This would avoid the masquerade introduced by the Pius XII Ordo on Good Friday, where there were four different vestments to don during the same ceremony! Also, this would avoid the liturgical nonsense of this same Ordo for the Paschal Vigil where the cope was worn up to the two parts of the Litany, then the chasuble from the Kyrie.

There is still the problem (not very important) of the colour for Good Friday - the old black was merely the extreme darkening of red. Red is the true colour of this ceremony, but not bright red! - A dark and sober red is indicated. The idea of Pius XII for taking violet for the distribution of communion makes one want to weep. This is only the stupid application of the priciple according to which black is never used for the Blessed Sacrament outside Mass. The Good Friday ceremony is precisely organised like a Mass - it is the Mass of the Presanctified. The same colour and vestments should be kept for the whole ceremony.

On Holy Saturday, the change from violet to white is wholly justified, on condition that the change of colour is not identified with a change of kind of vestment (cope to chasuble), not with a dislocation of the ceremony into two distinct units. The Mass goes from the beginning of the Prophecies to the Ite Missa est Alleluia Alleluia, in a single celebration.

A final question: the Missal of Paul VI restored the entire Lauds of Easter. If there is something not to retain from the old Ordo [Pius XII] of Holy Saturday, it is this mini Office of Lauds (or Vespers) integrated into the end of Mass.


III. The Pontifical

We have not asked for the return to all the books of before 1964. We need to celebrate Mass according to the Ordo of St Pius V but with the Ceremonial of Bishops of John-Paul II. When our Abbot celebrates pontifically, must he read the Kyrie, Gloria, Graduel, Alleluia, Credo as in the Missal of St Pius V? Or should he not read them as in the new Ceremonial of Bishops?

Returning to the Missal of 1962 would render its meaning, and its difference, from solemniter ou abbatial : the throne serves only as a seat and all the acts of celebration are done at the altar. Solemniter would no longer be a kind of slightly simplified pontifical that we have known for twenty years; but to the contrary, a celebration of a "simple priest" type (presidency at the altar) with just the oldest and most essential elements of the abbatial ceremonial (mitre and crozier, use of a cathedra as a seat).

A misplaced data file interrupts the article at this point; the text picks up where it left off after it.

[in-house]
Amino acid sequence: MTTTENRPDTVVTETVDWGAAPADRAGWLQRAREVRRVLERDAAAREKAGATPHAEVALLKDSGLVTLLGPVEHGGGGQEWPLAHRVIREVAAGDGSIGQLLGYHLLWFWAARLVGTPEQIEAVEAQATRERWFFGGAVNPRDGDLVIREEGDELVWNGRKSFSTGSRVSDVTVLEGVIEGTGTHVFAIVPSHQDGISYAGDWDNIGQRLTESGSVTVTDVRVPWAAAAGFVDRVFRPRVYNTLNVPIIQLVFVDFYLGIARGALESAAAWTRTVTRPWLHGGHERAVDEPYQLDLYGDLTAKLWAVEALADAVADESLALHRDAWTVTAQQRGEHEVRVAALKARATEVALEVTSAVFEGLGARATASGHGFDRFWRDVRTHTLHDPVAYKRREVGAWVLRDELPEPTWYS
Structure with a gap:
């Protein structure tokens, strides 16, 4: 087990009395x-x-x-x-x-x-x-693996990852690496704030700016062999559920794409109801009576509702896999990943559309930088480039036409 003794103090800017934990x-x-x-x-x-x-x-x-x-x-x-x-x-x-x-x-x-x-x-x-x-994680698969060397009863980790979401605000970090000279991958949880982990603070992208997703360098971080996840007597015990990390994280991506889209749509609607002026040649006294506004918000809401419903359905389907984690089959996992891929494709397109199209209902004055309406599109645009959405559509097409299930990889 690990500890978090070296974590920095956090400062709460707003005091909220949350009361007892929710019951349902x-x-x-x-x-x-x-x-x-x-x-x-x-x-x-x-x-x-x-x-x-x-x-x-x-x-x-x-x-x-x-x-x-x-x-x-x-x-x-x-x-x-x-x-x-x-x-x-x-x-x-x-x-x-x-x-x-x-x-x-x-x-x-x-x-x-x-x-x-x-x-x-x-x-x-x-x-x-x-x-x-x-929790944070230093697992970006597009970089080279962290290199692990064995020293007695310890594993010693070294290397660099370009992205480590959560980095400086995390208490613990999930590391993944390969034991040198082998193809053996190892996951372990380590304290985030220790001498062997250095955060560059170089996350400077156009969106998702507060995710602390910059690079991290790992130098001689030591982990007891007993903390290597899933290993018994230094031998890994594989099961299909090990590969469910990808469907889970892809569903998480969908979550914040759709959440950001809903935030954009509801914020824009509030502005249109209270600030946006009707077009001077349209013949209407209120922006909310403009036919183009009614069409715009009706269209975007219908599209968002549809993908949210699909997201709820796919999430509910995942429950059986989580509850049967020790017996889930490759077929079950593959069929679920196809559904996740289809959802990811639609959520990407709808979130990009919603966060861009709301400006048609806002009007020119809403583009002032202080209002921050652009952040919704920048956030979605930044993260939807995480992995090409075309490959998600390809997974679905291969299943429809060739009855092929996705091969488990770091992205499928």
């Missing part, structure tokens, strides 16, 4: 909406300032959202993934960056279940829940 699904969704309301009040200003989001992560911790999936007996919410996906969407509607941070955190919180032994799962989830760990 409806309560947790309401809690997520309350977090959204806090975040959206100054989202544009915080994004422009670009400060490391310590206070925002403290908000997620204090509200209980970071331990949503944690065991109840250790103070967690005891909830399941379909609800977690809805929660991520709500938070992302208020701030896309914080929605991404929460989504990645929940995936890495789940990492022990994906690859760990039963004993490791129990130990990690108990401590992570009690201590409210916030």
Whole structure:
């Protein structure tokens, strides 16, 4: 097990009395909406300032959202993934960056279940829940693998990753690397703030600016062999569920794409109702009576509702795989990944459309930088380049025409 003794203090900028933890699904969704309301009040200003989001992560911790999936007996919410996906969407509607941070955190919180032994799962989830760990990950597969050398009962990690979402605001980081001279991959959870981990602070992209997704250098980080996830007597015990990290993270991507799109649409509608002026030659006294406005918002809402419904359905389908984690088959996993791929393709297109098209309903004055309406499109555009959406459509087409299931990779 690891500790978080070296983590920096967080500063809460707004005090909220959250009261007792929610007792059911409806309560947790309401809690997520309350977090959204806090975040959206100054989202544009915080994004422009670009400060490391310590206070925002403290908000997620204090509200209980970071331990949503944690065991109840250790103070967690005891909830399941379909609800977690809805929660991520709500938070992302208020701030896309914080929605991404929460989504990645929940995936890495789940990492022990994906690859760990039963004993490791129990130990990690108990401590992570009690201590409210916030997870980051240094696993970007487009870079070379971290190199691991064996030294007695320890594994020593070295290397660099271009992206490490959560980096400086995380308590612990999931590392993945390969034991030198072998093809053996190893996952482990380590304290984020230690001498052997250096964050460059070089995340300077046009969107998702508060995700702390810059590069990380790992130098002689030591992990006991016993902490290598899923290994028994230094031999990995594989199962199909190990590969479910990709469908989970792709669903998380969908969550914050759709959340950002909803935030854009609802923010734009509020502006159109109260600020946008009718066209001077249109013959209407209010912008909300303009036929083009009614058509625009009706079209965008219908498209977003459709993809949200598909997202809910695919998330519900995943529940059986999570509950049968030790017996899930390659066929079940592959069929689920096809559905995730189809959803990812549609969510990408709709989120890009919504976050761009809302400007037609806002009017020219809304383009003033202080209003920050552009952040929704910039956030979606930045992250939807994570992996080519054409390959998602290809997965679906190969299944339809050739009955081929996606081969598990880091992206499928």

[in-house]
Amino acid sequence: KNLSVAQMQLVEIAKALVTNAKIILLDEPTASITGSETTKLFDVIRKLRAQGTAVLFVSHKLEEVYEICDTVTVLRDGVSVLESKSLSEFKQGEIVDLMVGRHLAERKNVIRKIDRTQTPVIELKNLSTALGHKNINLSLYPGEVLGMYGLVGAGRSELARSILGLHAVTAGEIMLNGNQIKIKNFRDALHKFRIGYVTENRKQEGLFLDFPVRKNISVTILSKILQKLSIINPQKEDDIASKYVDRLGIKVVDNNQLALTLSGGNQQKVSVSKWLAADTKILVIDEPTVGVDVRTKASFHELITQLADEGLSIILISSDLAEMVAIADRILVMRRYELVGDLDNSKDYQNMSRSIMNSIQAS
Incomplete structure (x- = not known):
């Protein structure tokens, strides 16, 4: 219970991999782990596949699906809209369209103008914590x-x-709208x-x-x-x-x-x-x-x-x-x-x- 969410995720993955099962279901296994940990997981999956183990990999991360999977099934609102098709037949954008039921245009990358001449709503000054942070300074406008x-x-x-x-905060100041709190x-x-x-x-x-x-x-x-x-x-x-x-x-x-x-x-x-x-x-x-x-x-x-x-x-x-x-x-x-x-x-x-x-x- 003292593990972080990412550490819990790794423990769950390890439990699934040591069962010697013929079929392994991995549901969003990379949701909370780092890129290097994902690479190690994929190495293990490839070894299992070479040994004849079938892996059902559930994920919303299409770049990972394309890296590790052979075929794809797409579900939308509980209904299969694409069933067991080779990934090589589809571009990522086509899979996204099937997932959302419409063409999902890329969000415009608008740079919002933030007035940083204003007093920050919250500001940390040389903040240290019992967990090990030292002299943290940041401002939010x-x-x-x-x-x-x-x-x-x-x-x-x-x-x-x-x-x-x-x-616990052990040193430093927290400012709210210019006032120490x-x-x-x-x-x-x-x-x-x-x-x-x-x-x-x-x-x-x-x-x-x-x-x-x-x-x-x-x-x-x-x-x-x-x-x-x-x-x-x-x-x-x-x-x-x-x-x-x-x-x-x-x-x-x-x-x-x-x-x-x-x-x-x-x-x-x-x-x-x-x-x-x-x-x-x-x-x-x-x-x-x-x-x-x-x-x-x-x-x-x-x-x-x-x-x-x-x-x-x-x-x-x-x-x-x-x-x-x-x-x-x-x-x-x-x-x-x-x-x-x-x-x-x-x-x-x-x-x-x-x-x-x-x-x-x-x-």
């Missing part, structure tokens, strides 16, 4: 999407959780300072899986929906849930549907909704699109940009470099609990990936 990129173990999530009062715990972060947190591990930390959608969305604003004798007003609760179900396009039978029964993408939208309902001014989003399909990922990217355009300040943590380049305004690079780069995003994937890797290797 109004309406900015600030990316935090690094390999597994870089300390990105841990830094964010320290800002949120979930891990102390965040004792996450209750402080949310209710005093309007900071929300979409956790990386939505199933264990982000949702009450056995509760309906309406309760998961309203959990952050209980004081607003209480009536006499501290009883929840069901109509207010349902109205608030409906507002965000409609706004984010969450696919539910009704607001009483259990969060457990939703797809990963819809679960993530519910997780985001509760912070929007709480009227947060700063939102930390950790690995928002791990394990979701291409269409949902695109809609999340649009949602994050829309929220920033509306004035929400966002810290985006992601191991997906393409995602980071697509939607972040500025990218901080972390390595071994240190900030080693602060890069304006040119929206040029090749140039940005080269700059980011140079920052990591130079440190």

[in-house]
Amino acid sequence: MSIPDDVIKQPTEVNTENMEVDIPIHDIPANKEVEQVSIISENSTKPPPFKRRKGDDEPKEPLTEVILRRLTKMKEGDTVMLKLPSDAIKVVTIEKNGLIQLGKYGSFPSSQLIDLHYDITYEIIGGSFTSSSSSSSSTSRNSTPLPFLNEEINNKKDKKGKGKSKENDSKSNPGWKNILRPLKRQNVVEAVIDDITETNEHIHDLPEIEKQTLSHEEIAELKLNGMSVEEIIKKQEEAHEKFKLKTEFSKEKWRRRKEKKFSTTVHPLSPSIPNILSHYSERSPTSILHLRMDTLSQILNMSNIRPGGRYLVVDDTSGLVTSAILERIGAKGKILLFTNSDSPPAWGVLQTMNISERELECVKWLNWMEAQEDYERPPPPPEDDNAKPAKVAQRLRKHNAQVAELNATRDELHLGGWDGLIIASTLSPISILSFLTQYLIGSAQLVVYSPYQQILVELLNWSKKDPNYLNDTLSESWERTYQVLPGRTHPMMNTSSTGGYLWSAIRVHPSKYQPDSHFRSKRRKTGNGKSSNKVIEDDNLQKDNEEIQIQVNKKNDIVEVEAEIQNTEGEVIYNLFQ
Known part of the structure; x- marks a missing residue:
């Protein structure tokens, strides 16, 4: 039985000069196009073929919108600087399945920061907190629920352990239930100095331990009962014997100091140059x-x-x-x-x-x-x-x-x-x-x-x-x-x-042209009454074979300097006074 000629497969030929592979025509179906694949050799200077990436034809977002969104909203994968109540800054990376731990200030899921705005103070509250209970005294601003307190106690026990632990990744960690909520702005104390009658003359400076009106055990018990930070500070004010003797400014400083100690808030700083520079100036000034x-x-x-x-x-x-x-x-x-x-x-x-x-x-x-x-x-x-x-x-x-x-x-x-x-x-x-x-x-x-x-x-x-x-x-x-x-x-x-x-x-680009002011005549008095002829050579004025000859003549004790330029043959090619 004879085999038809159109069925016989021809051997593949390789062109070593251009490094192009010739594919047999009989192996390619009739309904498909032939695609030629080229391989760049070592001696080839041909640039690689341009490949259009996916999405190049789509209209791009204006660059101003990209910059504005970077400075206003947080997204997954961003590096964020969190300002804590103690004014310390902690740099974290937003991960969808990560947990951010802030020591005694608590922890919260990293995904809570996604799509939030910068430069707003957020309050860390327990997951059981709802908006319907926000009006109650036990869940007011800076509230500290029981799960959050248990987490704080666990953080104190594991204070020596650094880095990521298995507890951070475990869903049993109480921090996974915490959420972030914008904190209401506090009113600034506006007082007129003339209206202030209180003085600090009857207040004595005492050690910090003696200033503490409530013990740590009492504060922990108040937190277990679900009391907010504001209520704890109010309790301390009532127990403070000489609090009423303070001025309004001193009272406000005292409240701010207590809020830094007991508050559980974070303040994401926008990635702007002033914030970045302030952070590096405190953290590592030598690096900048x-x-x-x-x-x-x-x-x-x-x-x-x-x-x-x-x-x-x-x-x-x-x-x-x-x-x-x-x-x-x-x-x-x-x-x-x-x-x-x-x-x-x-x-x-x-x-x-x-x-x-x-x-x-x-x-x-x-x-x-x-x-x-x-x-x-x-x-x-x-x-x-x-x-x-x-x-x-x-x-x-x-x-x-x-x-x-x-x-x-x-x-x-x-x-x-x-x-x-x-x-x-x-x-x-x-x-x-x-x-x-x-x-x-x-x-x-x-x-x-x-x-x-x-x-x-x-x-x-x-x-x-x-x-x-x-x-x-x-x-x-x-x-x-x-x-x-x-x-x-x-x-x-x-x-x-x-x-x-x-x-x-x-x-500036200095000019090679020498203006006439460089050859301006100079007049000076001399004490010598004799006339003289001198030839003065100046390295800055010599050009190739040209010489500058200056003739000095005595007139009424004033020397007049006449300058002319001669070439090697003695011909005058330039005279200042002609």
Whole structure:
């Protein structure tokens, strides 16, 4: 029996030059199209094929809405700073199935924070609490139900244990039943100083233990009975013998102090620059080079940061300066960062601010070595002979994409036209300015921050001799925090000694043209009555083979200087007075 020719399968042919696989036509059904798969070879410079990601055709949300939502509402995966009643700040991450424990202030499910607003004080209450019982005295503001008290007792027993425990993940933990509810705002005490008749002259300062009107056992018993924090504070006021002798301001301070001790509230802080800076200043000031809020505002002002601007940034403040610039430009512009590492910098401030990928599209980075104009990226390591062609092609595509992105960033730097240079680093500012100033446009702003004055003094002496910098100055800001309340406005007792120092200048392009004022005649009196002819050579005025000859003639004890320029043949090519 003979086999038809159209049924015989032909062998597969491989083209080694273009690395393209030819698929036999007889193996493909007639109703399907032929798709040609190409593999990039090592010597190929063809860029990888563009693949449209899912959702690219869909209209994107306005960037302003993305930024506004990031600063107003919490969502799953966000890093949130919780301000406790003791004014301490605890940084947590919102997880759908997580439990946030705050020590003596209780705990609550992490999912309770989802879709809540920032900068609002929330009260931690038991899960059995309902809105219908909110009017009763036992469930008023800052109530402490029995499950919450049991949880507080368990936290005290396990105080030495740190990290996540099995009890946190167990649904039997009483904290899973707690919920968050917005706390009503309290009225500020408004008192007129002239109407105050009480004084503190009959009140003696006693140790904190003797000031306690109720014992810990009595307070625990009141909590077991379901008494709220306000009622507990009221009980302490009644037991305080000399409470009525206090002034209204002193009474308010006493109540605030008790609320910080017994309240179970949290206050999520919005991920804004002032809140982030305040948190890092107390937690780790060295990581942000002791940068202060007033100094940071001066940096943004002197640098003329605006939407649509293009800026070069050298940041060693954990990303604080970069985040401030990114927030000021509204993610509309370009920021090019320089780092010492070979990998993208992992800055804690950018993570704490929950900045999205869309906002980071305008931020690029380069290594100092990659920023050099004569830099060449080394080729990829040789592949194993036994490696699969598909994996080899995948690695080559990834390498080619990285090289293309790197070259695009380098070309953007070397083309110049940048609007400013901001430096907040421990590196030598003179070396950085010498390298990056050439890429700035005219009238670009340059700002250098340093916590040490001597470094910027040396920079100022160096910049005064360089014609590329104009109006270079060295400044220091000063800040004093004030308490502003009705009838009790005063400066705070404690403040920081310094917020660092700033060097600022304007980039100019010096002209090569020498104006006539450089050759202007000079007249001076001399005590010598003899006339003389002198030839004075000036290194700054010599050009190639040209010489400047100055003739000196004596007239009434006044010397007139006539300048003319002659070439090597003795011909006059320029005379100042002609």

The Ritus servandus in Celebratione Missæ of the Missal of St Pius V (reproduction of a Missal of the Roman Curia of the end of the XVth century) is a masterpiece, both in the rites of Mass as for the ceremonial of Solemn Mass. It is the perfectly balanced and organised result of a long evolution whose elements of diverse origin have been, according to the case, integrated or eliminated. It has a perfect internal coherence: coherence of various elements between themselves, coherence of all elements with the object of the celebration (the Sacrament of the Eucharist in its two aspects, Body and Blood of Christ, Sacrifice of the Cross), and with the priest of the second order. It is principally this aspect of perfect coherence that makes its quality.

To touch any of these elements is to unbalance the whole, to disturb its perfect coherence. (Let us remember Dom Pothier correcting the melodies of the Gradual that Dom Moquereau restored in perfect fidelity to the manuscripts, and the cry of Dom Delatte "Don't touch it!"

In conclusion, we need to have full confidence in the Missal of St Pie V: it is, in all its parts, etiam in minimis the very fruit of human genius; its integral observation will introduce us very surely to the plenitude of the eucharistic mystery. For nearly thirty years, I continually fight against personal ideas, against typically modern and French subjectivism that imagines it can improve the post-Tridentine liturgical books. It is, in my view, a singular illusion to believe oneself capable of doing better than immemorial Roman tradition, which has, by a providential play of flux and reflux, produced a masterpiece that we have the privilege of using. We must have a total confidence in the Holy See, that has had the wisdom to give us back this Missal of St Pius V in its integrity, and to spare us the incoherent botching of the black years (1965-1970).